Author Interview: Melinda Snodgrass

Maggie Grimason
4 min read
Share ::
Local literary master Melinda Snodgrass, who makes her home in Santa Fe, recently released her latest book in The Imperials Saga, titled In Evil Times. She will make a stop at Page 1 Books (5850 Eubank NE, Ste. B-41) on Saturday, July 15, to discuss her latest space opera novel. I took the opportunity to get to know the multi-talented iconic New Mexican author a little better.

1) What’s the first book you ever loved?

A Princess of Mars by Edgar Rice Burroughs. Oh, and The Silver Brumby, which was a book about a wild horse in Australia. I’m horse crazy and own two Lusitano dressage horses.

2) How about the first sci-fi book you ever loved?

I have to pick two. A Princess of Mars and the Lord of the Rings [series]. I think I’ve read Tolkien’s trilogy at least eight times since it was purchased for me back when I was 10 years old.

3) The last book you read?

Gardens of the Moon by Steven Erikson. Also Emma Newman’s latest book in her terrific Split Worlds series.

4) Favorite space opera novel?

Apart from mine? (That’s a joke.) Walter Jon Williams’ wonderful Praxis series.

5) Favorite local author?

Oh, that could get me in trouble. All of my friends are really good in different ways. I’ll go outside my field and pick John Nichols. I adored The Milagro Beanfield War.

6) Favorite place in New Mexico?


7) Red chile or green?

Red chile at The Shed, green chile at Tomasita’s. I sometimes do Christmas, but I lean a bit more to the green.

8) Biggest inspiration?

My father. He encouraged me to do anything, be anything I wanted. To take risks because while you might fail you can never have the big win if you don’t try. He lived that too. He was a candymaker, a hotel owner, had a flight school in 1927, ran booze during Prohibition. He was a terrific musician [who played] five instruments and [was] a singer. He had a sailor dance hall and a jazz club. Lost everything in the crash of ’29 then came back to become a businessman. I inherited my musical ability from him, and he even sent me to Vienna, Austria to study opera. Now that is supportive. I went to law school because he encouraged me to. He wanted a big political career for me, but I think he would have been proud of me for walking away to pursue writing. It’s the kind of thing he would have done.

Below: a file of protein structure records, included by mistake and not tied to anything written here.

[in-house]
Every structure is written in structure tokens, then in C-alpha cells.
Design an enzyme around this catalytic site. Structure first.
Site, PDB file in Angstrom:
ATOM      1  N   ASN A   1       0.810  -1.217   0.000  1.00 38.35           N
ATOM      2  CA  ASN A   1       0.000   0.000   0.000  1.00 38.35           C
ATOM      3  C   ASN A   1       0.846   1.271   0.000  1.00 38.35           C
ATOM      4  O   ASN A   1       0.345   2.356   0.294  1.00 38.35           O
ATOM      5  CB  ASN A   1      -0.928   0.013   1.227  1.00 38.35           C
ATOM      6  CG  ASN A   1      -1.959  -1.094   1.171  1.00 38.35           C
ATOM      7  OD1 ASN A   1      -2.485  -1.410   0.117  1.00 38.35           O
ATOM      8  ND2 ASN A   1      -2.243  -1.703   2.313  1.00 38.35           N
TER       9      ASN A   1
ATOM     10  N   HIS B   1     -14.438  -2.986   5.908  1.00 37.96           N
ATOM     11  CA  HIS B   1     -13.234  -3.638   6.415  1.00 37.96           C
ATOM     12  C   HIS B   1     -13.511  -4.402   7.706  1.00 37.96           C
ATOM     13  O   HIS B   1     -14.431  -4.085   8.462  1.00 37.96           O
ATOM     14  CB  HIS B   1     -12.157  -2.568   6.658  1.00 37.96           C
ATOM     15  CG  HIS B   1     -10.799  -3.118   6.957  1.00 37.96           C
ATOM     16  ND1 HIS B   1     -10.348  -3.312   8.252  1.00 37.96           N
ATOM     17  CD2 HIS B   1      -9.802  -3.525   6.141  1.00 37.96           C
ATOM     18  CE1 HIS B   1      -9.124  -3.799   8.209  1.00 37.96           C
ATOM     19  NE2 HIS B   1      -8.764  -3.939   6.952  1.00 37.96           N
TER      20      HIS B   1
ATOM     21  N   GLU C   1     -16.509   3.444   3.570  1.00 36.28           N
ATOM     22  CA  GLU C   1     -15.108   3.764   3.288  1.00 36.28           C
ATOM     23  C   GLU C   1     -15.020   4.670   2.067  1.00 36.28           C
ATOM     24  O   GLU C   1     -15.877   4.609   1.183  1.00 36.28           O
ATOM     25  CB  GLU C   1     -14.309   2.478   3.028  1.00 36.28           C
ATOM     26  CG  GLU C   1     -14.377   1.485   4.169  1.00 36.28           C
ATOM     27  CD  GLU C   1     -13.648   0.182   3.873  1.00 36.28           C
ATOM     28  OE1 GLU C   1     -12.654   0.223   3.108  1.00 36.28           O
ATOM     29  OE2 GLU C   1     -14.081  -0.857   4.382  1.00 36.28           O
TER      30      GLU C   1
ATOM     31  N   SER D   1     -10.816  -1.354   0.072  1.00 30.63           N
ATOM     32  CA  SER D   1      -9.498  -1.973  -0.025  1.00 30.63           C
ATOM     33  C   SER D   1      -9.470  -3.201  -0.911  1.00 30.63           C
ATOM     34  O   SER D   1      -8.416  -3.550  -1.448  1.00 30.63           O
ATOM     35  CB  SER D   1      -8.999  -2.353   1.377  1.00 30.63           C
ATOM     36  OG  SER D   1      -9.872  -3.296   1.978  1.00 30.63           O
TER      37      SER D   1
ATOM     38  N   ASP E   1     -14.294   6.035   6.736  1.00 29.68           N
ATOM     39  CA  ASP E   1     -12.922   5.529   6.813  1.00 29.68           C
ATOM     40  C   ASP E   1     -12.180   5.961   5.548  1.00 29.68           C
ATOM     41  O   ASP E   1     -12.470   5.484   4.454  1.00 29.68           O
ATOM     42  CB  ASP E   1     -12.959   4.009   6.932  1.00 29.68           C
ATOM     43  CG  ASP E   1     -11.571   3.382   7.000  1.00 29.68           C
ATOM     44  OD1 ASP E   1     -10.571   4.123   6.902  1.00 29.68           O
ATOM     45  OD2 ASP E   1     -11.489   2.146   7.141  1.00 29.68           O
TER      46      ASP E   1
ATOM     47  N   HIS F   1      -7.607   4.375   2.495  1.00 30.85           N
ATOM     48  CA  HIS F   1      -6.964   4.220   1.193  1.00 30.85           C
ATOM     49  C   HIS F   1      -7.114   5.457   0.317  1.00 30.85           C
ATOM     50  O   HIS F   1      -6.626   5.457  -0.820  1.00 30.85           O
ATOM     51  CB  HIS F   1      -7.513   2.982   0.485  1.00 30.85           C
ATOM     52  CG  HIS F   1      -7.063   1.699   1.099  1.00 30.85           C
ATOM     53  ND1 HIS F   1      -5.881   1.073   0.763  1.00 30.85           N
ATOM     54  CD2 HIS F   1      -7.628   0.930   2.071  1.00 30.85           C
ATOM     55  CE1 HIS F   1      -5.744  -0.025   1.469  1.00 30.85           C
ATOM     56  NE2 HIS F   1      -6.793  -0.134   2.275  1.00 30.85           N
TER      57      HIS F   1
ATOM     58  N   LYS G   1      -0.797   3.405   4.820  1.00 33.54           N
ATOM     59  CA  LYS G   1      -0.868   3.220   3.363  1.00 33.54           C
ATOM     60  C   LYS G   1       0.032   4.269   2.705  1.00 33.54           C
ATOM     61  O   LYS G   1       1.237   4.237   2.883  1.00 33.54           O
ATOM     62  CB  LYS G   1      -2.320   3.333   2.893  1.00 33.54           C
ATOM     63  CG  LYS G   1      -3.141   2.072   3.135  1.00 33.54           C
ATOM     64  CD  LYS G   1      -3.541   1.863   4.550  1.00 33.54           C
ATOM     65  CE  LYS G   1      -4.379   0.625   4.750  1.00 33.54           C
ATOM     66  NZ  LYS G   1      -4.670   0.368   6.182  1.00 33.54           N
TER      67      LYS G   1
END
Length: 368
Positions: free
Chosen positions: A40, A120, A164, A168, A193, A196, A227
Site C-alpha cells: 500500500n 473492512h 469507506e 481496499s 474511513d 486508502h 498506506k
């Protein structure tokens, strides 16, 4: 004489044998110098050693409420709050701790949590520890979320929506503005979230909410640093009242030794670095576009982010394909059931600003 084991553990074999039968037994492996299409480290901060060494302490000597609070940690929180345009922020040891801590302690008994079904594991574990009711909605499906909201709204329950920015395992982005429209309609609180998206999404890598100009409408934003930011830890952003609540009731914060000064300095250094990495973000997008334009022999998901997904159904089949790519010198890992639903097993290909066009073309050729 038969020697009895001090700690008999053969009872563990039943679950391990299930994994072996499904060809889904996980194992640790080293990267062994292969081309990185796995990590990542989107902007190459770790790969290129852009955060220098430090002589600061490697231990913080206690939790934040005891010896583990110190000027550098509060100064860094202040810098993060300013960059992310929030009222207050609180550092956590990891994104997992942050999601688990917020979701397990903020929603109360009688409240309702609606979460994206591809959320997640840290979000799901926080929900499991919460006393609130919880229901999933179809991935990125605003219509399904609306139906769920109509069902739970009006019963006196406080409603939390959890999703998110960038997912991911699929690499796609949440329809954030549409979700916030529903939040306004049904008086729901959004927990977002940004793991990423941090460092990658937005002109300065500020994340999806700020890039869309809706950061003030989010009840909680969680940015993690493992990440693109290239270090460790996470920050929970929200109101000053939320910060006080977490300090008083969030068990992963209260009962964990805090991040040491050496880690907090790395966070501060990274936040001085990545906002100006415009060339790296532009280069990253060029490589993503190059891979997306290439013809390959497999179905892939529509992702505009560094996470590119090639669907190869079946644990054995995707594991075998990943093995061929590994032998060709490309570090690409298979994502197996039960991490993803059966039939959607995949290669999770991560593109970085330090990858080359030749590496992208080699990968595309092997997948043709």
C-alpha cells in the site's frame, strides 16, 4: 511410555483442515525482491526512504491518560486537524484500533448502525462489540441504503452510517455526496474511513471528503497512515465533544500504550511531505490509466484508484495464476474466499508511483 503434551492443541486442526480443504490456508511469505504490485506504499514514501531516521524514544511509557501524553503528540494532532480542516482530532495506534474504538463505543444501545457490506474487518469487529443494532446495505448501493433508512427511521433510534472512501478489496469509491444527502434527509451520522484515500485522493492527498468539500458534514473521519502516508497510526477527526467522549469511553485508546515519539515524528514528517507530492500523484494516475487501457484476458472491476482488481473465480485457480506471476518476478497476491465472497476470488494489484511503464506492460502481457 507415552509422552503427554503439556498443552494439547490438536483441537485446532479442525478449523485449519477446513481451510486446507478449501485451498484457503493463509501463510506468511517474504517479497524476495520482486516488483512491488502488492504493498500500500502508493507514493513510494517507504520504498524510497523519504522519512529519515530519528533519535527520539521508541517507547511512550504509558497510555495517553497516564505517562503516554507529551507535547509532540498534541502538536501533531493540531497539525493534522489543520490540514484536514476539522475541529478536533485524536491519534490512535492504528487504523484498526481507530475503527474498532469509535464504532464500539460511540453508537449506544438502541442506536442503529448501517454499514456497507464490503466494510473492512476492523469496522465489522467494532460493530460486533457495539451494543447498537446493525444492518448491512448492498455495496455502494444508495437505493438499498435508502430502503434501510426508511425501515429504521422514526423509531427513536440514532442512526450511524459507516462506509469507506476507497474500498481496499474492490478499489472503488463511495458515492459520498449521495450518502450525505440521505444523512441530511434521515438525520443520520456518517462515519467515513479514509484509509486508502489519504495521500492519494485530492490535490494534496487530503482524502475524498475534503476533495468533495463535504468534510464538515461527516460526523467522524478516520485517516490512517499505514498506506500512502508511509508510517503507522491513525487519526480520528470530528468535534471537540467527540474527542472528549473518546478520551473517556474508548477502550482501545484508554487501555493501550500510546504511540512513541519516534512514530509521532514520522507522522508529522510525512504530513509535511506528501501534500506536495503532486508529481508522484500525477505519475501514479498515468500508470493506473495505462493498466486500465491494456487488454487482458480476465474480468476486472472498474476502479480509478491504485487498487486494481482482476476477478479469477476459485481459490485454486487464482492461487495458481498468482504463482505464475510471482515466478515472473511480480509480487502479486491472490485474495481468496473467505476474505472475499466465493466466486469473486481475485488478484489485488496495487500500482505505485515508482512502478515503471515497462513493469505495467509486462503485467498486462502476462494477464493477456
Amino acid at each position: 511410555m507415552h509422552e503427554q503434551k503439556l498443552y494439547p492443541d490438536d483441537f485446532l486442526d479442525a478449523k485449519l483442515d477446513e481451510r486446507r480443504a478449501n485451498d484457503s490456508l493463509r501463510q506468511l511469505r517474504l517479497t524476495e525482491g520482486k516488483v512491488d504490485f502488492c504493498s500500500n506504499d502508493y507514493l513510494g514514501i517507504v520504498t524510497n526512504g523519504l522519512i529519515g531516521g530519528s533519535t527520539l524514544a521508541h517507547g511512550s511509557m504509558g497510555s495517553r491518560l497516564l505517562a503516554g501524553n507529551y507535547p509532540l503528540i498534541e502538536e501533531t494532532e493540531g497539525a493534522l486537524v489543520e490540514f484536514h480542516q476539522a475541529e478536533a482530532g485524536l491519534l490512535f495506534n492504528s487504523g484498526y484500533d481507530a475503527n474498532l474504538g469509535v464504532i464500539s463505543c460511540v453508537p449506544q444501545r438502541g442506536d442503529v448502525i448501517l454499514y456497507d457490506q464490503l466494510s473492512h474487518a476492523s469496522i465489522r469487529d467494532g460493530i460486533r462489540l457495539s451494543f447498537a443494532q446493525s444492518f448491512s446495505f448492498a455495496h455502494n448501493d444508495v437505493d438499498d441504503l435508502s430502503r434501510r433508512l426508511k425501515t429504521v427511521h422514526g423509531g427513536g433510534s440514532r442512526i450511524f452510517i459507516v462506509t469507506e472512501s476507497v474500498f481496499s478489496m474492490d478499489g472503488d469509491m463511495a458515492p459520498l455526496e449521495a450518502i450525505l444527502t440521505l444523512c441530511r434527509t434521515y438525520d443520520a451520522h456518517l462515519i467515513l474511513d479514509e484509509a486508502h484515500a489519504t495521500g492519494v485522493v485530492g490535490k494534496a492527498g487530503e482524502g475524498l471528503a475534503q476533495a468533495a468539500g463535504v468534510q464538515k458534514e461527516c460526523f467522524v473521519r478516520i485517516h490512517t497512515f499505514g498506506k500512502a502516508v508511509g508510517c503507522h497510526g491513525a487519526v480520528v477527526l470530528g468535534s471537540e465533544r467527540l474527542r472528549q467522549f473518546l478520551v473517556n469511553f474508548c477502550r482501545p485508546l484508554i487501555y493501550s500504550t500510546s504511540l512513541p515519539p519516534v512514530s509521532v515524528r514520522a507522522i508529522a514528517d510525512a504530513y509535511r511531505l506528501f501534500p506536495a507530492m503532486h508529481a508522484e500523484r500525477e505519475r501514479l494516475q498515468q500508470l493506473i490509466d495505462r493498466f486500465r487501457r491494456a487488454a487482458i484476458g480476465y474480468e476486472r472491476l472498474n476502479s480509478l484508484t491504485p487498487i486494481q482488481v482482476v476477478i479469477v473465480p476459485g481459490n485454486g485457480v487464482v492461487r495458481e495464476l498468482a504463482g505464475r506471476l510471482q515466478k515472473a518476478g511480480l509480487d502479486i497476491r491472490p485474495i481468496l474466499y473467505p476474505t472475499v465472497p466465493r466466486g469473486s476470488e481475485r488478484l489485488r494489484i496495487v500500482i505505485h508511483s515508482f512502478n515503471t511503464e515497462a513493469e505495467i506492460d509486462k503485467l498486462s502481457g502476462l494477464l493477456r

9) Best bit of advice you’ve received?

From George R.R. Martin. When I was writing the spec script that got me my job on “Star Trek,” I was debating about saving the idea that became “The Measure of a Man” [episode] for my pitch since George had told me that you never sell your spec script. When I discussed that with him he said,

“Never hoard your silver bullet.” Meaning, lead with the best idea you’ve got. It was great advice because I sold that script and got hired on the show. It launched my Hollywood career.

I’ll add one more. My boss on “Star Trek”—Maurice Hurley—once said to me “Just say the words.” Sometimes novelists can get too wrapped up in being subtle. Sometimes you just need to … well … say the words. Especially when you are writing a script. Now that doesn’t mean boring, on the nose writing, but sometimes a simple declarative statement or sentence is your friend. Don’t be too cute by half.

10) How does it feel to publish your latest novel?

I hate to say this, but after all my solo novels and all the Wild Cards [series] books, it feels normal. The first time I saw my book on the shelf in a bookstore it was an amazing high. But hearing actors on a sound stage delivering the lines that I wrote and bringing them to life topped even that first sight of my very own novel.

1 2 3 234